Then Hōïchi lifted up his voice, and chanted the chant of the fight on the bitter sea - wonderfully making his biwa to sound like the straining of the oars and the rushing of ships, the whirr and the hissing of arrows, the shouting and trampling of men, the crashing of steel upon helmets, the plunging of slain in the flood. And to the left and right of him, in the pauses of his playing, he could hear voices murmuring praise: “How marvelous an artist!” - “Never in our province was playing heard like this!” - “Not in all the empire is there another singer like Hōïchi!” Then fresh courage came to him, and he played and sang better than before; and a hush of wonder deepened about him. But when at last he came to tell the fate of the fair and helpless - the piteous perishing of the women and children - and the death-leap of Nii-no-Ama, with the imperial infant in her arms - then all the listeners uttered together one long, long shuddering cry of anguish; and thereafter they wept and wailed so loudly and so wildy that the blind man was frightened by the violence of the grief that he had made.

Biwa page at Things Japanese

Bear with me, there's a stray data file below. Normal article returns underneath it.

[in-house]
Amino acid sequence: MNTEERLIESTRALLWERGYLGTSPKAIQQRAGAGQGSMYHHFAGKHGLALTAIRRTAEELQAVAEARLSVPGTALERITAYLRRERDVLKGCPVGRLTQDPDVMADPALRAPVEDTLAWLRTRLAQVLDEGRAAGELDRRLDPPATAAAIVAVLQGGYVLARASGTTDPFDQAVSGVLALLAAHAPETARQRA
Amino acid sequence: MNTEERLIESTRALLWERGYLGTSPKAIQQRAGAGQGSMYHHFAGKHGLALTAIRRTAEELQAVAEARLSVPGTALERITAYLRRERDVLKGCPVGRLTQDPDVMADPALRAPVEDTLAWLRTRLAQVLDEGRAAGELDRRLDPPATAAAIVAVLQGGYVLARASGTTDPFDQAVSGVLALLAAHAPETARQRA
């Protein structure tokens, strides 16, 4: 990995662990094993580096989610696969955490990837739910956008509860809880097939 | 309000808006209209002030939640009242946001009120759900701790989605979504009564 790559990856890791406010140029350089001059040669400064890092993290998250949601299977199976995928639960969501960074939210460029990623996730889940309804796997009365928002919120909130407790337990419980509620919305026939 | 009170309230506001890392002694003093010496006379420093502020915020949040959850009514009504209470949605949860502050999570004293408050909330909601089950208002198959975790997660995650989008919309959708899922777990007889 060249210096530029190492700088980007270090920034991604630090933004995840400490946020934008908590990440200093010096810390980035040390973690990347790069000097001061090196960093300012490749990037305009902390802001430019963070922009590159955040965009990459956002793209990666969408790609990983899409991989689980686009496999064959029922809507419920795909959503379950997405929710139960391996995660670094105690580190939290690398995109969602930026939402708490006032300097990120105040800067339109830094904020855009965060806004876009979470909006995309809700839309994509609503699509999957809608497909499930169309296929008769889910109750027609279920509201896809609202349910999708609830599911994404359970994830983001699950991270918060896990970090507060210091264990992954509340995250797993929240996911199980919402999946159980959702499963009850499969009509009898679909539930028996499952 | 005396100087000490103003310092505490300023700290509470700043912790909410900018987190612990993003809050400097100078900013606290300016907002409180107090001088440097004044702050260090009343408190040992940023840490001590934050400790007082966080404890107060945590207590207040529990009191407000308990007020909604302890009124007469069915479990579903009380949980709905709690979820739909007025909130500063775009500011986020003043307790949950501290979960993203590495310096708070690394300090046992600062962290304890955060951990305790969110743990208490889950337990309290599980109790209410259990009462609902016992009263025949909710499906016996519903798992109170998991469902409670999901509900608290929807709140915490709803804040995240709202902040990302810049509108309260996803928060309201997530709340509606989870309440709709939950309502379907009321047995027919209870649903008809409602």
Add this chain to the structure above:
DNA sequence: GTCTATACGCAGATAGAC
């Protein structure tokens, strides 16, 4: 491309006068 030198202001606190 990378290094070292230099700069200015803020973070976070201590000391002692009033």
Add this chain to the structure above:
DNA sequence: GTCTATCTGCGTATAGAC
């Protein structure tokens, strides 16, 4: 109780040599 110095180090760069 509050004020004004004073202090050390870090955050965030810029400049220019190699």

part of David van Ooijen's web presence


Avalokiteshvara is the Bodhisattva of the Great Compassion, excepted by all Buddhist traditions and famously known as Kuan Yin [a feminine form] by the Chinese. His vast vows is to deliver all sentient beings from falling into evil states and lead them towards salvation or enlightenment. He is mostly represented by the seed mantra OM MANI PADME HUM ["Hail the jewel in the lotus!"].

Moving in all realms of existence, he tirelessly relieving beings from suffering. In Jewel Casket Array Sutra [Karandavyuha], he descended into the dark hells of Lord Yama and emits jets of magical water from the fingers of his thousands arms, to wipe out the burning flames of molten iron and with His great compassion, elevate beings into higher states of existence, like the human and devas worlds.


Horim Museum
Metal Art Gallery

Mandala of the Benefactor
Protective Deities
Mirrors of The Heart-Mind
Online Exhibitions of the Huntington Archive, Ohio State University






Avalokitésvara (Guanyin), the Bodhisattva of Mercy




The Picket Fence
George Bellows
Memorial Art Gallery of the University of Rochester